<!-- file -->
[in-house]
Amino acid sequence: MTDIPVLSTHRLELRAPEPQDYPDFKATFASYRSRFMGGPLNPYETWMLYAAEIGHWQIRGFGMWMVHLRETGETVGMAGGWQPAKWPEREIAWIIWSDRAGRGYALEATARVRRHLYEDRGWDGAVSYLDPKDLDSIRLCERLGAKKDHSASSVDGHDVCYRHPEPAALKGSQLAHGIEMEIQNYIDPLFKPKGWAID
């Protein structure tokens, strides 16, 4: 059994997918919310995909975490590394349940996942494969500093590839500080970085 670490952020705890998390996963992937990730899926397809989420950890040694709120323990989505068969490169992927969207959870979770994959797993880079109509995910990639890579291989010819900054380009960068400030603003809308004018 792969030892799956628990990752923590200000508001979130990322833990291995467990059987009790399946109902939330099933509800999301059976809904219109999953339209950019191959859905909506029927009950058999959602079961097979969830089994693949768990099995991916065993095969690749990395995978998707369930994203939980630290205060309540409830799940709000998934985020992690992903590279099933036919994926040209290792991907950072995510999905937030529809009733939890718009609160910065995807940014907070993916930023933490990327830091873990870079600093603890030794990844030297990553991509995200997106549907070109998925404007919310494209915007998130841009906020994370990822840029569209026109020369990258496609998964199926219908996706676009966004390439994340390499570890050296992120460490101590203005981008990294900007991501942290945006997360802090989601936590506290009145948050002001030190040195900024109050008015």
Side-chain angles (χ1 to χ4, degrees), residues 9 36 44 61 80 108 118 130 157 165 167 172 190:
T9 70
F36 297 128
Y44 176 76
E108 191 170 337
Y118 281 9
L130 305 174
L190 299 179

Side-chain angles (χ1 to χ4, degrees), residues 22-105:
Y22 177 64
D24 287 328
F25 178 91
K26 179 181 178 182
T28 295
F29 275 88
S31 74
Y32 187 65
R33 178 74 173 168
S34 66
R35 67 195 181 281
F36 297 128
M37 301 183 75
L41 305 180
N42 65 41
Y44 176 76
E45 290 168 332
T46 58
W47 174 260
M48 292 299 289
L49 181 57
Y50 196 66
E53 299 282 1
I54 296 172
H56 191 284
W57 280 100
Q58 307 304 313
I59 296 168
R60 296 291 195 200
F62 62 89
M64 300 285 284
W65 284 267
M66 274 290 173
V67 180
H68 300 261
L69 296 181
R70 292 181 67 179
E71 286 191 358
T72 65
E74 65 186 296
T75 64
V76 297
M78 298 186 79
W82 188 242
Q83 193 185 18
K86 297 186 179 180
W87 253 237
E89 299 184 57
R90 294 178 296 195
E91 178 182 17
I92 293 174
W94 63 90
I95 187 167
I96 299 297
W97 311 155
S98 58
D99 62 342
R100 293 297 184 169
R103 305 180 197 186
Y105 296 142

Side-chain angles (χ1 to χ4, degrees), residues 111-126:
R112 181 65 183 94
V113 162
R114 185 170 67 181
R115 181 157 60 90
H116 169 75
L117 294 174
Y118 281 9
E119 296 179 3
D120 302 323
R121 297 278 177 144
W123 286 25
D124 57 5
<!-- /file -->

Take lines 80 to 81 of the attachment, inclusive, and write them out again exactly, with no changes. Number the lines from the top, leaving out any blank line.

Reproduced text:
Y118 281 9
E119 296 179 3